SCODEV, scooping device

for non-amphibious conventional aircrafts

This video shows a helicopter with a hose and a scooping device carrying out an aerial test at 90 knots and a hydrodynamic test at 30 knots per. After two meters a T-section is mounted in the hose to eject the water sideways.

This prototype will be tested early 2019 with a heavy S-64 helicopter and in the 2nd quarter 2019 with a fixed wing aircraft Spartan C-27.



Article about SCODEV in JANE’S , the world’s most famous Defence magazine


Italy’s Leonardo has been promoting the C-27J in a newly revised firefighting configuration. The new roll-on, roll-off fire attack system (FAS) has been made by Simplex Aerospace in collaboration with the European SCODEV Consortium. A water scooping device, developed by SCODEV, will allow the aircraft to refill its firefighting tanks without the need to return to base for refilling.

According to SCODEV, the technology can allow an aircraft to refill its tank from as little as 50 ft, and drop onto fires up to five times per hour. The system can deliver 10,600 litres of water onto a fire, and an additional 568 litres of foam retardant can be carried in a separate tank. Total fill time for the water tank using the SCODEV system takes between 30 and 40 seconds, with evacuation in less than seven seconds. The FAS can be installed or removed in 60–90 minutes via the rear loading ramp, with the water or foam being dispersed via “S” ducts fitted into the aircraft’s paratrooper doors at the rear of the aircraft.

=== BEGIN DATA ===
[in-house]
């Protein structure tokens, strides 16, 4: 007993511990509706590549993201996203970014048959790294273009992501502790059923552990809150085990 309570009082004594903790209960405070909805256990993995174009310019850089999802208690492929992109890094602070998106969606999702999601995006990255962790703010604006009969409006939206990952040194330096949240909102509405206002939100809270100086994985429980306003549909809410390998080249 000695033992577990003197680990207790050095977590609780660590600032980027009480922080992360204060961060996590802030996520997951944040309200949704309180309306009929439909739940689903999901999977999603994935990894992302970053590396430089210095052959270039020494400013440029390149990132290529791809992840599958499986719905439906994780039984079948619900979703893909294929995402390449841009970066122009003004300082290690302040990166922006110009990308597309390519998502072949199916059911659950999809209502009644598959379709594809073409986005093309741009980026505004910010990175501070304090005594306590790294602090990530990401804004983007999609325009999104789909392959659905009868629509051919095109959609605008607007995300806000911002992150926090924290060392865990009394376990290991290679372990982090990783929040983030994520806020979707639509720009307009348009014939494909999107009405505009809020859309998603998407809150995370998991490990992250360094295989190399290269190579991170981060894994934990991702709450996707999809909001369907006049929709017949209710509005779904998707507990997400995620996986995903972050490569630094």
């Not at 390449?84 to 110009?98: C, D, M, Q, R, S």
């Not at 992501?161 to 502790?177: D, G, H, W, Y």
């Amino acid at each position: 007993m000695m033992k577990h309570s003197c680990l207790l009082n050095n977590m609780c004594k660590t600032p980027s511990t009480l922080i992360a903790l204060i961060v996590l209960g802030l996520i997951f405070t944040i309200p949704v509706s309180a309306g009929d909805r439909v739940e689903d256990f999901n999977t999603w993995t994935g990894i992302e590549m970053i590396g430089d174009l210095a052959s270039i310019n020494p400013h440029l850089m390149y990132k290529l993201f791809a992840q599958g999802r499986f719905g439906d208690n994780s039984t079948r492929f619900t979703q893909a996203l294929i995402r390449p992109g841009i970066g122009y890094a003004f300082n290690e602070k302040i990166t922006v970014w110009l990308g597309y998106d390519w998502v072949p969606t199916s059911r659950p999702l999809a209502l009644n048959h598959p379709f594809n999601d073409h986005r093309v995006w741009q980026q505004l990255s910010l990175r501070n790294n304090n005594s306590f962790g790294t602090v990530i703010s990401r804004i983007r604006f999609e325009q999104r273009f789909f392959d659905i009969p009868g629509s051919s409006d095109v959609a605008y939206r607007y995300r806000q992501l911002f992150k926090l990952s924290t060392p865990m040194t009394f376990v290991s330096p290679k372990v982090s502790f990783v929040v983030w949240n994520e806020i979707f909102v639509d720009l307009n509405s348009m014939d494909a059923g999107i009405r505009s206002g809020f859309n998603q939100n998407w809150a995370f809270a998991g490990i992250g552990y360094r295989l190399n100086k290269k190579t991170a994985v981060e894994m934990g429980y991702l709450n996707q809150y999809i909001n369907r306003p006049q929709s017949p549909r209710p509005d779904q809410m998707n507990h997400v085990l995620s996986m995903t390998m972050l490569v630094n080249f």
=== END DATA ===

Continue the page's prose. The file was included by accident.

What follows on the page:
The addition of the system is an option that can be added to the new C-27J baseline configuration that incorporates new avionics systems, cockpit control panels, and LED aircraft lights. Existing C-27J operators are able to obtain both the firefighting and new avionics fits as part of a retrofit upgrade package. Leonardo executives told Jane’s that the system has received interest from new and existing customers of the C-27J, particularly in Latin America.

Previous firefighting versions of the C-27J have utilised the Caylym Guardian airdropped reinforced cardboard containers. The Guardian system consists of six 1,000 litre containers filled with water or extinguishing liquid that are dropped from the rear cargo ramp of the aircraft. The containers can be recovered by firefighters but are also biodegradable.

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The C-27J's new firefighting configuration can drop 568 litres of foam retardant on a fire. Source: Leonardo